In May this year, Lord Justice Jackson gave a speech at Gray’s Inn Hall in London in which he identified a number of problems to have emerged as a result of his reforms. His paper can be found here.
We agree with several of Jackson’s LJ’s observations. Less so with others.
First, the good news: Lord Justice Jackson offered a generally positive overview of how his reforms were working in practice. Those involved in litigation now had better knowledge of their financial position, he said, early settlements were being encouraged, and costs were being controlled. Even solicitors and judges were now generally supportive of costs management, he added – albeit with varying degrees of enthusiasm.
Yet, despite this generally upbeat message, Jackson LJ also explained that new challenges had emerged as a result of his reforms. Perhaps not surprisingly, Jackson LJ was happy to share his thoughts about how these problems could be addressed.
The first problems identified by Jackson LJ related to the judiciary: notably, judicial inconsistency, and also the tendency for some members of the Bench to micromanage costs budgets. To address both problems, Jackson LJ suggested that formal costs management training “should be compulsory for all civil judges”. He also offered specific advice regarding what he regarded as unnecessary micro-management – specifying rates or the number of hours permitted.
One can only hope that certain members of the judiciary take notice of Jackson LJ’s comments, and modify their practice accordingly.
Costs management orders (CMO) was raised at two points in Jackson LJ’s speech – firstly in relation to the wide variations between courts regarding the forms of CMOs now being made, and secondly in relation to whether CMOs should be the norm – a default position not contained in Jackson LJ’s initial reforms. To overcome variances between courts, Jackson LJ suggested that a standard form of CMO be developed, either by the Ministry of Justice, the Rule Committee and / or the Judicial College. On the second point, he suggested that recent changes to CPR 3.15 and PD 3E should be repealed, and judicial discretion – subject to official guidance – should be restored regarding whether or not CMOs should be made.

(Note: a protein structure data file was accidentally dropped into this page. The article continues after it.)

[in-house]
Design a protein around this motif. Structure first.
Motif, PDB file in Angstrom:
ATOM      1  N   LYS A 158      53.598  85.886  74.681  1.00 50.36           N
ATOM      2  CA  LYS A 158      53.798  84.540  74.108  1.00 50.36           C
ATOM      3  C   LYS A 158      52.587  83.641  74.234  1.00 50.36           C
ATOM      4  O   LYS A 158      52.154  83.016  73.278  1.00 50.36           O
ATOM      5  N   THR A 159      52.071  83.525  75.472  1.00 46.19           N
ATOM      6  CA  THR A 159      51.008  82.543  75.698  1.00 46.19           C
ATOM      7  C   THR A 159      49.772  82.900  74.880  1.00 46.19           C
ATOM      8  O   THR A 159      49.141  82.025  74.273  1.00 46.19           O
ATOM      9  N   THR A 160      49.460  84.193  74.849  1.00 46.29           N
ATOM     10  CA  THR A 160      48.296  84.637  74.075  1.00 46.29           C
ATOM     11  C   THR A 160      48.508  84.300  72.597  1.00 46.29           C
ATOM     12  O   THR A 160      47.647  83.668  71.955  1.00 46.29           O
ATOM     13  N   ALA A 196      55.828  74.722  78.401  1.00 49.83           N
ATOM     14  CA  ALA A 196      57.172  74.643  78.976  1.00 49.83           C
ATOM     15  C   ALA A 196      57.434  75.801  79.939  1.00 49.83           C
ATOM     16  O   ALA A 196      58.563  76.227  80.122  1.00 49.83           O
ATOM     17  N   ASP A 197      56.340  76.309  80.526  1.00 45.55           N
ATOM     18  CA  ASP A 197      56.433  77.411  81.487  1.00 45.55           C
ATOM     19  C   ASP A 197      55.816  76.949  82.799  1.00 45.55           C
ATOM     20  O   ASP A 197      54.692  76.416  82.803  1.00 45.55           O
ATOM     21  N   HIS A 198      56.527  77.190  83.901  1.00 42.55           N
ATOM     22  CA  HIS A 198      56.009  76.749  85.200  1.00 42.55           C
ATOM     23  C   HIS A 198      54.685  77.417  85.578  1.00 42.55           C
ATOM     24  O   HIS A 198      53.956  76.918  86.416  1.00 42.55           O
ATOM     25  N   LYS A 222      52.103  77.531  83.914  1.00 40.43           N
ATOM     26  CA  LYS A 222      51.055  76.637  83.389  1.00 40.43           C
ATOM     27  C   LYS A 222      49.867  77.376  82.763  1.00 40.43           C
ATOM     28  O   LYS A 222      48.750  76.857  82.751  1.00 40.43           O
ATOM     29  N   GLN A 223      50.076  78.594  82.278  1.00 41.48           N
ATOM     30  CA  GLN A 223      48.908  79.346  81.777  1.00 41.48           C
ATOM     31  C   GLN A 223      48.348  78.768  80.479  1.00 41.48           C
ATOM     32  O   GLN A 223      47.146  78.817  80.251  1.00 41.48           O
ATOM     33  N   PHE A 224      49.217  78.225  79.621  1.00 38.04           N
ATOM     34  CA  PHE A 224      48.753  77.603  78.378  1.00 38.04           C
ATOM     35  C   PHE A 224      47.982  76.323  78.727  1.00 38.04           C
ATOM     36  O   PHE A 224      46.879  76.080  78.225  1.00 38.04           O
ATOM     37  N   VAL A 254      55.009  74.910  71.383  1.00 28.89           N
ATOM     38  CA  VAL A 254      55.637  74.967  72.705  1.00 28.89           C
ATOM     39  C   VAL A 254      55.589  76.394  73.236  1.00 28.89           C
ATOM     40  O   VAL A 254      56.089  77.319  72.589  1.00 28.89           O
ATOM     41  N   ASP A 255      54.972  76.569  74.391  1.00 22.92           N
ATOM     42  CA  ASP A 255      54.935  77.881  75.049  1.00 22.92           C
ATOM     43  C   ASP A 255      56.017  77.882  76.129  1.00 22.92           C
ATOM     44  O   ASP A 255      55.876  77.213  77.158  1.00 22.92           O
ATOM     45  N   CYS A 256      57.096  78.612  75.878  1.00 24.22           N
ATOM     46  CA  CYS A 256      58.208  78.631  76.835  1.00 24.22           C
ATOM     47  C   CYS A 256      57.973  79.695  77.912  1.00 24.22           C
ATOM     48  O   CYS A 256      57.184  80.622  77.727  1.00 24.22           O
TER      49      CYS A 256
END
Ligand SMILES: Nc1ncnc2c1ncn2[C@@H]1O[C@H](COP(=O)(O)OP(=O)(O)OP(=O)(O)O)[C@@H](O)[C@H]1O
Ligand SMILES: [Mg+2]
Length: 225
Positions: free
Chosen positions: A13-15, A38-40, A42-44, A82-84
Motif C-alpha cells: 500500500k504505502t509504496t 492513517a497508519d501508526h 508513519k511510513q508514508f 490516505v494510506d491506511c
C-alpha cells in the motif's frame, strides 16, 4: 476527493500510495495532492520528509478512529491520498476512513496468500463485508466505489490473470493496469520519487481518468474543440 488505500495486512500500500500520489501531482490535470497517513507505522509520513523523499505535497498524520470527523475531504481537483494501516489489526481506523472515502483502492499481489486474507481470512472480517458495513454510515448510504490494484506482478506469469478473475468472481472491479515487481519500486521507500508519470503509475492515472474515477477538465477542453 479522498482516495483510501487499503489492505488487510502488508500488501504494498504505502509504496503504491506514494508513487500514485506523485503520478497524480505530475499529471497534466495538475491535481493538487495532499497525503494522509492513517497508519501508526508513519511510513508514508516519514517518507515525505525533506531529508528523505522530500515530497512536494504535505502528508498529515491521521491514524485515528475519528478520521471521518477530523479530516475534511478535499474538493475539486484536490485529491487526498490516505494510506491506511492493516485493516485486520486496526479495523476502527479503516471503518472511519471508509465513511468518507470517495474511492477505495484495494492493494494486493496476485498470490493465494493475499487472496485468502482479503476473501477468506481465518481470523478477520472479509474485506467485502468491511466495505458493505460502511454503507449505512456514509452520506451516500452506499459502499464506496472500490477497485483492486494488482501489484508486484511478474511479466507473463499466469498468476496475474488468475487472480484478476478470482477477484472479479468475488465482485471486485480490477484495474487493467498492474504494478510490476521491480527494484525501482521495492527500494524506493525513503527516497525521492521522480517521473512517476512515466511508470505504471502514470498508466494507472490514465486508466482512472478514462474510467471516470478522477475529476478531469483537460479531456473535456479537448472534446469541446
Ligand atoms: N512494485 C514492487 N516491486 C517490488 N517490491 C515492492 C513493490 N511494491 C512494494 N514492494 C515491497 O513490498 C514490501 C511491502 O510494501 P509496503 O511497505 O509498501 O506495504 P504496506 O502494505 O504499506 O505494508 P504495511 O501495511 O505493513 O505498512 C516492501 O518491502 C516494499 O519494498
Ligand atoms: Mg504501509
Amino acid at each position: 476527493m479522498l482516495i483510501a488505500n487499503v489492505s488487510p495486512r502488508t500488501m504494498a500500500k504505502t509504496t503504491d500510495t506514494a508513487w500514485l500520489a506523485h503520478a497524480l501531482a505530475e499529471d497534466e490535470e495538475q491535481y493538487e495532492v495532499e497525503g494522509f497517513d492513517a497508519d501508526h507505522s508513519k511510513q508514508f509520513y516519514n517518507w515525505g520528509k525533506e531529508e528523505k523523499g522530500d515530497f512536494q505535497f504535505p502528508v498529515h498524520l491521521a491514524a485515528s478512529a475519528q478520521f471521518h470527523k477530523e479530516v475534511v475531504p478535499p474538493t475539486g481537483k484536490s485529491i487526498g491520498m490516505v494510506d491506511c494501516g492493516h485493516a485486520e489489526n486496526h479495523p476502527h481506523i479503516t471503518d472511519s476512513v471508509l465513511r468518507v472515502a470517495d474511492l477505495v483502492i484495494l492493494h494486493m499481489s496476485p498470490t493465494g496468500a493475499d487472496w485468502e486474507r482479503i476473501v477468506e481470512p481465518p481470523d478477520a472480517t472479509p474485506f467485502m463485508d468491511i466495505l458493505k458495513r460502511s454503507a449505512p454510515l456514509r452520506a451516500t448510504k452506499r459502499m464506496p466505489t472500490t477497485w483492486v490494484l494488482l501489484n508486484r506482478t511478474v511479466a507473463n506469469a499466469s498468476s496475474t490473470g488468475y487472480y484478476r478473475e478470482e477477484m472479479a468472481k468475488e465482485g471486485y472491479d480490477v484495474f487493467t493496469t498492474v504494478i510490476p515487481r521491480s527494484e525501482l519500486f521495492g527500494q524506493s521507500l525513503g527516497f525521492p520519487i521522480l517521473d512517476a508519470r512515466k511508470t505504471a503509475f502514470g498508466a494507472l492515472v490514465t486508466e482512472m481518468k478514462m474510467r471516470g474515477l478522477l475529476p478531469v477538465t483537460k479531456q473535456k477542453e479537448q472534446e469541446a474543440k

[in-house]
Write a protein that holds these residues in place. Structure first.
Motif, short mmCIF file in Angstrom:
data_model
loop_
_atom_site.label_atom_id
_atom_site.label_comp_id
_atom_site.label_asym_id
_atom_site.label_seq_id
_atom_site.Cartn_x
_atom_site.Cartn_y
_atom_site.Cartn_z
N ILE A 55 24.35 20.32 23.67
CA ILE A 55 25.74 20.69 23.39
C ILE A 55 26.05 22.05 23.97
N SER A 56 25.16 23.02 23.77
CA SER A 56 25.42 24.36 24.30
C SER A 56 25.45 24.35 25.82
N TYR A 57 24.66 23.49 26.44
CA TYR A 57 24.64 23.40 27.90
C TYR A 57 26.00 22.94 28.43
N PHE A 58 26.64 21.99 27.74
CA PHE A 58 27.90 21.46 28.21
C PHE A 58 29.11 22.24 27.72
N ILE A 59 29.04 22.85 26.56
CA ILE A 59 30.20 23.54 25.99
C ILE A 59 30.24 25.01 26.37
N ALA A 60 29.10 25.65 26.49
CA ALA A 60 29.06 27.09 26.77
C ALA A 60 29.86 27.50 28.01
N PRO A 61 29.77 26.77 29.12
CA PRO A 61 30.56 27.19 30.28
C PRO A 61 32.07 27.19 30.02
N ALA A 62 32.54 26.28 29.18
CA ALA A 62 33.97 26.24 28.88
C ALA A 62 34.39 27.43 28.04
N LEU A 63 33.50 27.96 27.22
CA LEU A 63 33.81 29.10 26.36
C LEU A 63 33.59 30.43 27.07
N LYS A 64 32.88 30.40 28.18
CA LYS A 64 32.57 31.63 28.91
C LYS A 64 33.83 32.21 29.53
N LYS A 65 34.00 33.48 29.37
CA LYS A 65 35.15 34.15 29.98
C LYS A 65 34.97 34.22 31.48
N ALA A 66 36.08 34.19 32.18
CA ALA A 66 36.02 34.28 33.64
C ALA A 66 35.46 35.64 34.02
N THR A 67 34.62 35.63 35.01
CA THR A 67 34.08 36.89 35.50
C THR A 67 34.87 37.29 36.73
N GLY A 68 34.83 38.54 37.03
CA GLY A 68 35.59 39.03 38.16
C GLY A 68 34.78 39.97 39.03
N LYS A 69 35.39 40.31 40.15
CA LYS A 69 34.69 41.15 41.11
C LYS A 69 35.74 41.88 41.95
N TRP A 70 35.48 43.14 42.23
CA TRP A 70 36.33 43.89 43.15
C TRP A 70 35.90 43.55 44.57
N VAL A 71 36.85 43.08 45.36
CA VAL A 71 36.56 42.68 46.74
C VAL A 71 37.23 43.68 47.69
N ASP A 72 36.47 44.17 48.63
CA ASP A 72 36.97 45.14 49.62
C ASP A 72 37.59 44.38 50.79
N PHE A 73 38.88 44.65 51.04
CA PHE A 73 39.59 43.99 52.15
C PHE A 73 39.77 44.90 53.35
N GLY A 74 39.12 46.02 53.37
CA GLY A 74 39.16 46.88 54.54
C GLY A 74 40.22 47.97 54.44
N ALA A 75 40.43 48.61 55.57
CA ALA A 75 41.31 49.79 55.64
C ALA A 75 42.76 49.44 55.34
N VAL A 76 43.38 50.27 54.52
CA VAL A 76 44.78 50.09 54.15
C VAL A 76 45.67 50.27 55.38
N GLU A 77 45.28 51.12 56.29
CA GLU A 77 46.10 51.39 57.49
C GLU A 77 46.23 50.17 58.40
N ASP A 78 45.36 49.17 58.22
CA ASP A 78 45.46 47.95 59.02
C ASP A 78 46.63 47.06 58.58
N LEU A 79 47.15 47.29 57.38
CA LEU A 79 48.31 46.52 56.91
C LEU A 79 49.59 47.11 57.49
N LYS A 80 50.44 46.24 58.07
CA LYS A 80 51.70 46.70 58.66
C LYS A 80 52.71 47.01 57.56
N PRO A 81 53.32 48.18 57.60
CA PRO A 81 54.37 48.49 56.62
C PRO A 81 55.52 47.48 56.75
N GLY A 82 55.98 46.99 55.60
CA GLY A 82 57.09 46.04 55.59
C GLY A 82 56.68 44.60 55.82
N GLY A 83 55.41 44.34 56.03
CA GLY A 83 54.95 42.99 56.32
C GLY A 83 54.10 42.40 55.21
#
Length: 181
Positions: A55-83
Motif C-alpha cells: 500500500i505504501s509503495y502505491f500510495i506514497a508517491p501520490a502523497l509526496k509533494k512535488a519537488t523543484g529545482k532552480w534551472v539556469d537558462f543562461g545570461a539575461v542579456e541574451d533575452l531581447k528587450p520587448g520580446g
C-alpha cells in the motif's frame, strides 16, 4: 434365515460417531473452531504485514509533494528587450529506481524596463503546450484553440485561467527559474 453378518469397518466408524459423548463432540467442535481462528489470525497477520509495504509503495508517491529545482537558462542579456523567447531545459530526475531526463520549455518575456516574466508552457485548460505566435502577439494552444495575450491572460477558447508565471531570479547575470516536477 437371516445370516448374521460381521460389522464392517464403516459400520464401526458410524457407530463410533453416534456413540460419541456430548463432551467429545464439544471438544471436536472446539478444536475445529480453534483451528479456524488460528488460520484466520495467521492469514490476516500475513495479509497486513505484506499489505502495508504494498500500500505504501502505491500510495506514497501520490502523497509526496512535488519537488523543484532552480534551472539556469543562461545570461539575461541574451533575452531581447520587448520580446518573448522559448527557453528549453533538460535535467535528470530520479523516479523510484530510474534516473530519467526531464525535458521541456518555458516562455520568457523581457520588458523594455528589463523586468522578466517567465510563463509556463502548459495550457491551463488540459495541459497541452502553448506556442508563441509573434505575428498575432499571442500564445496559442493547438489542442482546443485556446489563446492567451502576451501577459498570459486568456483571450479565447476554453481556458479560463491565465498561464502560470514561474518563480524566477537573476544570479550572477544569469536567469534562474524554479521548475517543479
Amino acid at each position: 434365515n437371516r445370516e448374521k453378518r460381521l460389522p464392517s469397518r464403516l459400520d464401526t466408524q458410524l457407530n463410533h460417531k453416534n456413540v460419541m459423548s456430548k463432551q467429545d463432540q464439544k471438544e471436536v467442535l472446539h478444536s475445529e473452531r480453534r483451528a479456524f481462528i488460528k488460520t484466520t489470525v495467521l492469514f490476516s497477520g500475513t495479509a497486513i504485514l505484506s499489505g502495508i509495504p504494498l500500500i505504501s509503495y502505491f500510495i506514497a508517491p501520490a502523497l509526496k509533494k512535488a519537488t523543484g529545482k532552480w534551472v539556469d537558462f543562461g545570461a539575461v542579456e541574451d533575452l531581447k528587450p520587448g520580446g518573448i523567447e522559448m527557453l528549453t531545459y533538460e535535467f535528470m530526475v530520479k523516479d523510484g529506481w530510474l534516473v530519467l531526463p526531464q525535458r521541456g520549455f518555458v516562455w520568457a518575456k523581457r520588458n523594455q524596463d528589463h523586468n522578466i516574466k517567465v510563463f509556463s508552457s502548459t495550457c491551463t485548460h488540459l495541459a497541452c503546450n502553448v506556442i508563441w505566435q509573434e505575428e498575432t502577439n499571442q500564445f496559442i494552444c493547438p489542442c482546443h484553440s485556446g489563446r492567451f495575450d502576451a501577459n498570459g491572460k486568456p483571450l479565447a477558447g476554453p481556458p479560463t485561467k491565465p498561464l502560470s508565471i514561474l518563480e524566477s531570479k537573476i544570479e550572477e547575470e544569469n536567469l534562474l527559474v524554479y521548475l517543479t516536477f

The Master of the Rolls, Lord Dyson, speaking alongside Jackson LJ, expressed some misgivings about any “opt-out” option. We agree, if costs budgeting is to become the norm, it should be embraced fully by the courts. Given the judiciary a discretion to opt parties out would likely lead to considerable uncertainty, unfairness and potentially yet further satellite litigation.
In relation to the filing and exchanging of budgets, Jackson LJ suggested that the CPR should be amended so that it became the norm – and not merely the default position – for costs budgets to be filed 14 days before the CCMC. This reform, he said, would prevent situations where practitioners were given as little as seven days to discuss and agree budget ahead of a CCMC. However, he added that any reform of this issue should allow a court to retain its discretion to specify a different period for lodging budgets when circumstances required.
Also on the subject of CCMCs, Jackson LJ noted that different courts had different approaches in relation to whether case and cost management conferences should be combined. His preferred approach was that the court should deal with both issues in a single hearing: first giving case management directions (CMD), then budget the costs and finally revise the CMDs if costs are still thought to be disproportionate.
Jackson LJ suggested that detailed assessments was proving problematic in some cases, because approved budgets could not be “married up” with the final bill of costs. To overcome this challenge, Jackson LJ suggested that courts should follow the approach taken by the SCCO and some of their peers, and order the receiving party to lodge a summary of its bill of costs in a format which matches Precedent H. In light of Jackson LJ’s endorsement of this approach, it is possible that more orders of this nature may be made, going forward.
Unfortunately, until such time as practitioners develop their practice of recording work in line with the budget phases this would prove extremely problematic and impractical in many cases, not to mention costly.
Also on the topic of Precedent H, Jackson LJ said he agreed it could be improved. In particular, he suggested that its provisions regarding assumptions and contingencies “may need attention”. Further guidance on how to deal with expert costs would be helpful, he added. That said, Jackson LJ also acknowledged that successive changes to Precedent H might be unhelpful, given that legal practices had adapted their IT systems to allow them to complete the form. He therefore suggested that, because the new form bill of costs would require yet more changes to Precedent H in any event, it might be sensible to delay further changes to it until the new form bill of costs was finalised.
We agree with Jackson LJ’s statement that cost budgeting is generally helpful to all parties. However, we also agree with his observations that new problems have arisen as result of his reforms. We hope that those now responsible for updating the civil justice system take notice of Jackson LJ’s observations, and also his suggested solutions. In our view, only once changes are made do we believe that Jackson’s vision of justice being delivered efficiently, and at a proportionate cost, can be fully realised.